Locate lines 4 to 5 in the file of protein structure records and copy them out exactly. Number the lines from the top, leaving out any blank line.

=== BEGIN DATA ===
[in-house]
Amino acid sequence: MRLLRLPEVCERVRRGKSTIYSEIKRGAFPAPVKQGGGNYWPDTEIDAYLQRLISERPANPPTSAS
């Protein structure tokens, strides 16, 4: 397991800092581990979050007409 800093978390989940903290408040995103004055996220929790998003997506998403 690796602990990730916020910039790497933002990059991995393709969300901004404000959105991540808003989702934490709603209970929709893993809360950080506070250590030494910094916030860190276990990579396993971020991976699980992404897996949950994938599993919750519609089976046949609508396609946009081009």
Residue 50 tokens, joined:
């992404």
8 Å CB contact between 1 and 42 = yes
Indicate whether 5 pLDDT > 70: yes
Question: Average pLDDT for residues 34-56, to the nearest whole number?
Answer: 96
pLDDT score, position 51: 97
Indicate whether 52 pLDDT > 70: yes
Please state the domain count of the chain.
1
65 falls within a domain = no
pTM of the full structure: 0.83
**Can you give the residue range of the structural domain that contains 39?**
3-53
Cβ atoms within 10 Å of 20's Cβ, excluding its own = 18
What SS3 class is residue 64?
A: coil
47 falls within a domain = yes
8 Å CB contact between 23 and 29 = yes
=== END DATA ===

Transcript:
Residue 50 tokens, joined:
């992404």